Archive for December, 2011


Oftentimes MUST find the student. Because sometimes just going through the motions of teaching is not enough.

And we often take things for granted. So the teacher has to reach out beyond the confines of their own wisdom/experience/knowledge so that there can be transformation.

Then we all transform together. And join together in yoga.

These photos are from Yoga Prison Project. They shifted my Thursday.

I was in San Francisco a few weeks ago and John and I took a tour of Alcatraz prison. Millions of people have done this tour and what resonated with me is that you can feel the stories on the whole island. As you go through the tour you hear about the prisoners and their stories. Movie makers and writers must have felt that as they created the lore of Alcatraz.

The stories and lives are hard. It is the ultimate practice of compassion to hear them and not be able to feel for the people who were responsbile for committing horrific crimes towards others.

Riding back from the tour and viewing the beauty of the San Franciso skyline it is easy to forget and not LOOK IT IN THE EYES. By looking at something straight in the eyes that is disconcerting to us usually will mirror back some deep impression (samskara) in our own sub consciousness we don’t want to deal with.

On to the Ashtanga.

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The desire that people have to work their Core and obtain strong toned abs is amazing. Everyone wants the strength and appearance of a firm and strong midline. There are a million styles of exercise and variations of Core yoga that promise to fulfill the desire. I don’t think one method is any better or worse than the next, unless it is harmful to the low back or strains the neck. (Think pumping motions that don’t actually move from the Core.)

Yogis teach the practice of Uddiyana bandha, accompanied by Mula bandha, to strengthen the Core. The shifting of the tailbone into the body lenghtens the low back and truely engages the low abs in a lifting and strengthening ACTIVE movement upwards, to enhance the yoga practice.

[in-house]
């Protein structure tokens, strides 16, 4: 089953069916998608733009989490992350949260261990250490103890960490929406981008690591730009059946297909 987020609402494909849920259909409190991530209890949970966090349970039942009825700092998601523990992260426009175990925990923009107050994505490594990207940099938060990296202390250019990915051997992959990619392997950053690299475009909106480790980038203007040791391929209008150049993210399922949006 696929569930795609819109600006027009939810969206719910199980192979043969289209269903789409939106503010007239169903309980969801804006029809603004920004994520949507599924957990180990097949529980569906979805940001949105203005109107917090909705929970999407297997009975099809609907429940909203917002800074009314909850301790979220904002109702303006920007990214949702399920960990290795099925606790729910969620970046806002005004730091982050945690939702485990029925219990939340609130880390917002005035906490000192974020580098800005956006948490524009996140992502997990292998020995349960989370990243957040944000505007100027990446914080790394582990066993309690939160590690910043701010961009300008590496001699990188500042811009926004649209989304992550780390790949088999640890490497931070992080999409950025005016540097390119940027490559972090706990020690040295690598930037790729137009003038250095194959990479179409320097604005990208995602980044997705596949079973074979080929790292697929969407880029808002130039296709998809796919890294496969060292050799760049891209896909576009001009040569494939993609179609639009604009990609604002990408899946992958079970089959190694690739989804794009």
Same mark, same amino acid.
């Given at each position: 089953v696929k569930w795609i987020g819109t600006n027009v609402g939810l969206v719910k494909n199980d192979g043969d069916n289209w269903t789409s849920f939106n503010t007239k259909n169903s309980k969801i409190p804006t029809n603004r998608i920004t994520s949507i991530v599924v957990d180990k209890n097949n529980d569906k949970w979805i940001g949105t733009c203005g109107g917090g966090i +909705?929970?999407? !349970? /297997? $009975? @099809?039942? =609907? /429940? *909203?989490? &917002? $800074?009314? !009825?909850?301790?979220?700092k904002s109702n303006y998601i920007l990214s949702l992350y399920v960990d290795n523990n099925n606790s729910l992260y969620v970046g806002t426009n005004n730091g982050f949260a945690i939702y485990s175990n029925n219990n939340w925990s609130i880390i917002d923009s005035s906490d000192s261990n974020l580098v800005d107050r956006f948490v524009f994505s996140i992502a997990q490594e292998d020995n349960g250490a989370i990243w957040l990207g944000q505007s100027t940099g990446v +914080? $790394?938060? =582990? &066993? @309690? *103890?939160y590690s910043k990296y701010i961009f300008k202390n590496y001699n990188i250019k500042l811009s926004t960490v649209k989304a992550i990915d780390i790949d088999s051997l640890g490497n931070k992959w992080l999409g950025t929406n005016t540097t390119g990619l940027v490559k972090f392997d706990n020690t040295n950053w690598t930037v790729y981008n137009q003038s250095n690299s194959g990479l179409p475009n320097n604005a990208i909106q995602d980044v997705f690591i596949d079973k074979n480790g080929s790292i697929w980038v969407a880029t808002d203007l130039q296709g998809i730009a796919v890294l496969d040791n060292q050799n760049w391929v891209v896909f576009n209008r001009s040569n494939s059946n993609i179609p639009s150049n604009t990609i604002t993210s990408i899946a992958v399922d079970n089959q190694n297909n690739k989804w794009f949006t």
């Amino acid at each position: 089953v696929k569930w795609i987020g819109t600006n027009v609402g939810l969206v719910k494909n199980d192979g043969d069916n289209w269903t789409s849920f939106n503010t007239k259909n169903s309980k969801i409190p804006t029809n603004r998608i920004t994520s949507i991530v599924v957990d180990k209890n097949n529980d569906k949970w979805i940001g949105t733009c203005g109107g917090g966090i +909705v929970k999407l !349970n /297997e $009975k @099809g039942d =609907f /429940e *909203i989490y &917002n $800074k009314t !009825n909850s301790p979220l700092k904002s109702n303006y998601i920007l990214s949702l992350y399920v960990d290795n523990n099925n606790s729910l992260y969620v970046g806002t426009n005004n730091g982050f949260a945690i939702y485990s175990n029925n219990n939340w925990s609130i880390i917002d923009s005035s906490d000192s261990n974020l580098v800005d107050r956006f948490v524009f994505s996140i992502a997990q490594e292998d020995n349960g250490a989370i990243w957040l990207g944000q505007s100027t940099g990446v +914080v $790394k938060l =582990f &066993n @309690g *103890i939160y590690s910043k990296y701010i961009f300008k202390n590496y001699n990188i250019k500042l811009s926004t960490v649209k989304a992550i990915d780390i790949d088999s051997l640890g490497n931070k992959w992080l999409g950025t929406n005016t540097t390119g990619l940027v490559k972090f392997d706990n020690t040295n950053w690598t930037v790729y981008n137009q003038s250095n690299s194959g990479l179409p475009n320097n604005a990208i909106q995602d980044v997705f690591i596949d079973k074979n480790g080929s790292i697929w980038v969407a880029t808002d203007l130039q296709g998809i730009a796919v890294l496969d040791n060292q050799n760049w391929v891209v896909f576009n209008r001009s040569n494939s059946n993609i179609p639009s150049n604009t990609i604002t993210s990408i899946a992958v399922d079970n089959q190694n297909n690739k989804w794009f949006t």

This practice is imperative for inversions. The first thing beginners need to learn in inversions, even sarvangasana, is to hold the Core, or bandhas FIRM.

However it occurred to me this morning as I was practicing Pincha Mayurasana that it is important to invoke the subtle energy, especially manipura chakra. Without it, all the Core work in the world won’t help you in the upside downs. I found I was flopping up against the wall and was not using my bandhas properly. This necessitates a flinging into the inversion, rather than a movement from the Core. I had just done a long Forrest Core sequence too. So what was the problem?

Probably not feeling my own personal power. When the light of our confidence in our own power is diminshed, it does affect practice. Since I have been feeling ahhhh DIMINISHED lately, it showed in my practice. What to do?

Sit down and do a meditation on the chakras and FEEL where you are diminished, strong, weak, or fulfilled. Without the practice of awareness of subtle energies, yoga turns into the gym. The thing is, I have probably have had MANY practices where my heart was heavy, I was to grounded in muladhara, and the third eye is all over the place. But I wasn’t aware of it. I just thought it was enough to barge through the practice as it is, and make up for it tomorrow or the next day.

Will focusing on Manipura all the time make your Core strong or your inversions lighter? Not all the time, but make it a part of your practice. Practice breath of fire as you focus on this chakra. Building awareness and a more complete practice is the eight limbs. It doesn’t happen all at once or every day. It adds a beautiful level to your practice.

Keep practicing!

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Right now my home practice goal is to alternate the primary and intermediate series at 4-5 a week and then two Forrest practices inbetween.

Totally psychotic. I know. But remember that is the GOAL. The reality is a little different.

Did you know that Madonna moved into the third series (different division than between primary and secondary) in a matter of MONTHS.

Since I work some rather LONG days, I found it is better to split them up. This morning I did the first hour of the primary and then will do the rest after work. Not optimal I am sure, but sometimes you do what you have to do.

I have not been able to get through the full Intermediate. It moves really FAST. I have been following the Richard Freeman dvd, but am going to switch off to my Swenson DVD Thursday. Tomorrow will be a Forrest practice.

I really need to learn the Intermediate series by next year for a specific training I want to go to. Some of it I rock and some of it I roll over and DIE. LOL

All I want for Christmas is to have four more hours in my day, although as I have mentioned I am trying to go vegan and am about 60% raw right now. It DOES enhance the yoga. I seem to have more mobility and space in my hip and shoulder joints. I am thirsty ALL the time though and drink gallons of water. That could be winter dryness.